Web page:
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Title: Multifunctional soft stretchable strain sensor for complementary optical and electrical sensing of fatigue cracks

Fatigue-induced cracking in steel components and other brittle materials of civil structures is one of the primary mechanisms of degrading structural integrity and can lead to sudden failures. However, these cracks are often difficult to detect during visual inspections, and off-the-shelf sensing technologies can generally only be used to monitor already identified cracks because of their spatial localization. A solution is to leverage advances in large area electronics to cover large surfaces with skin-type sensors. Here, the authors propose an elastic and stretchable multifunctional skin sensor that combines optical and capacitive sensing properties. The multifunctional sensor consists of a soft stretchable structural color film sandwiched between transparent carbon nanotube electrodes to form a parallel plate capacitor. The resulting device exhibits a reversible and repeatable structural color change from light blue to deep blue with an angle-independent property, as well as a measurable change in capacitance, under external mechanical strain. The optical function is passive and engineered to visually assist in localizing fatigue cracks, and the electrical function is added to send timely warnings to infrastructure operators. The performance of the device is characterized in a free-standing configuration and further extended to a fatigue crack monitoring application. A correlation coefficient-based image processing method is developed to quantify the strain measured by the optical color response. Results show that the sensor performs well in detecting and quantifying fatigue cracks using both the color and capacitive signals. In particular, the color signal can be measured with inexpensive cameras, and the electrical signal yields good linearity, resolution, and accuracy. Tests conducted on two steel specimens demonstrate a minimum detectable crack length of 0.84 mm.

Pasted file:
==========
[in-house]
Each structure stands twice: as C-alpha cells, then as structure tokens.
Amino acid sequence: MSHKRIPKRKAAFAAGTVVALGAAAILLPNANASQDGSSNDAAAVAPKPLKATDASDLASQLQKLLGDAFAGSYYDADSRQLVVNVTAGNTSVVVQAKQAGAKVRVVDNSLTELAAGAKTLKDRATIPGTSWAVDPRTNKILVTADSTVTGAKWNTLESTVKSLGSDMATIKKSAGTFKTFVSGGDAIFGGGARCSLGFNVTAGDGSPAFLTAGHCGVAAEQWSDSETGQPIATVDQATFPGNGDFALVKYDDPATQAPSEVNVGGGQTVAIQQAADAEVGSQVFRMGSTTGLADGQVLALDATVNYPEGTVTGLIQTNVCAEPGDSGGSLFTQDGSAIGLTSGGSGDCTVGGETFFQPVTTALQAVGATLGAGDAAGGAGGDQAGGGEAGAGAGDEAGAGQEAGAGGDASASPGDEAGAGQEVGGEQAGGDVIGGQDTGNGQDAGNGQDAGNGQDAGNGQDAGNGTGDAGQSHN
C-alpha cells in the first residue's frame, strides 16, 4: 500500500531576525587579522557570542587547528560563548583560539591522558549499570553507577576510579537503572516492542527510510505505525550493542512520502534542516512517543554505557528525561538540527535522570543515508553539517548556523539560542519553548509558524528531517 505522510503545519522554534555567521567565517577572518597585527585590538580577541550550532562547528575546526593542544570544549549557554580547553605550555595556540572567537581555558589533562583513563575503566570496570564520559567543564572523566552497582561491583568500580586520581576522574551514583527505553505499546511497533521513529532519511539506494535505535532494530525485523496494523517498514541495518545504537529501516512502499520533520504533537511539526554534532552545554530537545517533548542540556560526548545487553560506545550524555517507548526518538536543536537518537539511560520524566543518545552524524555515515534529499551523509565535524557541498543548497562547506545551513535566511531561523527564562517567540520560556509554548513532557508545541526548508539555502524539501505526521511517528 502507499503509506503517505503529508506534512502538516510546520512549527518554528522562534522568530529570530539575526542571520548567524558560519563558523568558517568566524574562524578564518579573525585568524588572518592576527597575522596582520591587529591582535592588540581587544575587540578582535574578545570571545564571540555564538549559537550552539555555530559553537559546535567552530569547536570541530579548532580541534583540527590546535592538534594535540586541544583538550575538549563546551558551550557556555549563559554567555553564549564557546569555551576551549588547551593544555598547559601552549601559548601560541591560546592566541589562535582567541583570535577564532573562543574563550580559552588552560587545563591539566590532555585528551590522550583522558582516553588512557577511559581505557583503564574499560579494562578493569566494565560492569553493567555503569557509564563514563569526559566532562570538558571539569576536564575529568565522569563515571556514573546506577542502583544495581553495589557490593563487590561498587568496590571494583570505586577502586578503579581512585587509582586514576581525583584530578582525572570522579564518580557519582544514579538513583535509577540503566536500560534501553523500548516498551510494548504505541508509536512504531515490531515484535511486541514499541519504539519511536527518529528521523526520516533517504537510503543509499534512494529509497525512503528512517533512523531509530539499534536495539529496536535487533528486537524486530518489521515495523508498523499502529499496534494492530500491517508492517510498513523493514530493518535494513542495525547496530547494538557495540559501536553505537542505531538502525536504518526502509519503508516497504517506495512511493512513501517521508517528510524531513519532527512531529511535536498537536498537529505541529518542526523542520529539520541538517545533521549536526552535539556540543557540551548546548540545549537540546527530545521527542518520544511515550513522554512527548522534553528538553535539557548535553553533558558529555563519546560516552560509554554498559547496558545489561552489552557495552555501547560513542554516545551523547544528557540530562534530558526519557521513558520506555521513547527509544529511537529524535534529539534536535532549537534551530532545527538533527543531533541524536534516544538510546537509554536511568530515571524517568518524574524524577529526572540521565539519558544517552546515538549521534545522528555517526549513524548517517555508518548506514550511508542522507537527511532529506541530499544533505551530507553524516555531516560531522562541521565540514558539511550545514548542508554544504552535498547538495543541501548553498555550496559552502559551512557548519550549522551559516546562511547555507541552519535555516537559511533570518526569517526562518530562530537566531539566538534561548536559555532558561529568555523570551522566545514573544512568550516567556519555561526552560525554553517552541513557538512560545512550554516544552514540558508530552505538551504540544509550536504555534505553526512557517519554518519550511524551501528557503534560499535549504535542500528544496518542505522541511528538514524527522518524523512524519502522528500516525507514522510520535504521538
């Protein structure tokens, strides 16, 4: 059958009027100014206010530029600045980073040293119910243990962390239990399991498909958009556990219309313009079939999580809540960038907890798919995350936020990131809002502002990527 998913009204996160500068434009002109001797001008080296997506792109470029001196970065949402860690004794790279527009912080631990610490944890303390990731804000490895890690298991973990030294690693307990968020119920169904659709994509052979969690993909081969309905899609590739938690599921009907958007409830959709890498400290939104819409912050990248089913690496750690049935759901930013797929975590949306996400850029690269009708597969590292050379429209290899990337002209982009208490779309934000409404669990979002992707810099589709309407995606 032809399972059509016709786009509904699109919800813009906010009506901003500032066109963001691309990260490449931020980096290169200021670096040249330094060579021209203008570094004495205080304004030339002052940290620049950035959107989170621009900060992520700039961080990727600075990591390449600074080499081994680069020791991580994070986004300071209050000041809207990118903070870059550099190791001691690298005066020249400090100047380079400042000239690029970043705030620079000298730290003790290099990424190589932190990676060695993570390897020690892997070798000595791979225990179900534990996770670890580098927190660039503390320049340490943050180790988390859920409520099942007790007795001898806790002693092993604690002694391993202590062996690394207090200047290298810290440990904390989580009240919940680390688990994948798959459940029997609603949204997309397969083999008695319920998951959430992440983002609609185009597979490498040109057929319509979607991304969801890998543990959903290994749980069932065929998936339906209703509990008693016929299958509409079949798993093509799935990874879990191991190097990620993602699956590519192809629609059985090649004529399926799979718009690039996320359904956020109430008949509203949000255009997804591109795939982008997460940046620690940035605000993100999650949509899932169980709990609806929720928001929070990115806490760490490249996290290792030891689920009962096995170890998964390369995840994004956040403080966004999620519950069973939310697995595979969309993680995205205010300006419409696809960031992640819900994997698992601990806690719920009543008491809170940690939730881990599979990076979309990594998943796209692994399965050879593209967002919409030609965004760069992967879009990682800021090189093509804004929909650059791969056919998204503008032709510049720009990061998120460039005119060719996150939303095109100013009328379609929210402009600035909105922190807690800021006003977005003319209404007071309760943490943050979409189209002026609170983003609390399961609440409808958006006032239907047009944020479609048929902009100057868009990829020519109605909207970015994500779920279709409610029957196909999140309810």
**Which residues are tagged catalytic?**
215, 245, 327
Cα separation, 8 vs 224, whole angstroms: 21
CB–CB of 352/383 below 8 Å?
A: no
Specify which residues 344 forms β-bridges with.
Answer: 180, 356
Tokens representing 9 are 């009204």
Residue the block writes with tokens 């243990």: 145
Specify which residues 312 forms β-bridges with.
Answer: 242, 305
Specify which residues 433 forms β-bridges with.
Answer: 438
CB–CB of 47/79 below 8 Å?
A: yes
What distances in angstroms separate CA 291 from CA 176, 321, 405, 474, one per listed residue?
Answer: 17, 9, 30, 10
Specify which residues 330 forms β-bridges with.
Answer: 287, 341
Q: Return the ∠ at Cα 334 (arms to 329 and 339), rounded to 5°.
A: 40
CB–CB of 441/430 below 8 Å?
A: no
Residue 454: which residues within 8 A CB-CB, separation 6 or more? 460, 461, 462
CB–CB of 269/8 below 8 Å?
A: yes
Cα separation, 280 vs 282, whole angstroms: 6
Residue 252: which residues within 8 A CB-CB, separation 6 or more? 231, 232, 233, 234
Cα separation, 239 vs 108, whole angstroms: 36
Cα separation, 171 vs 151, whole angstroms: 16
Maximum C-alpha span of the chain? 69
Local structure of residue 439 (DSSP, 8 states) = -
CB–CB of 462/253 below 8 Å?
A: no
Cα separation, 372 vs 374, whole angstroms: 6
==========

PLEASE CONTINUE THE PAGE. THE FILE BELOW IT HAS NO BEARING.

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Smart Materials and Structures
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National Science Foundation
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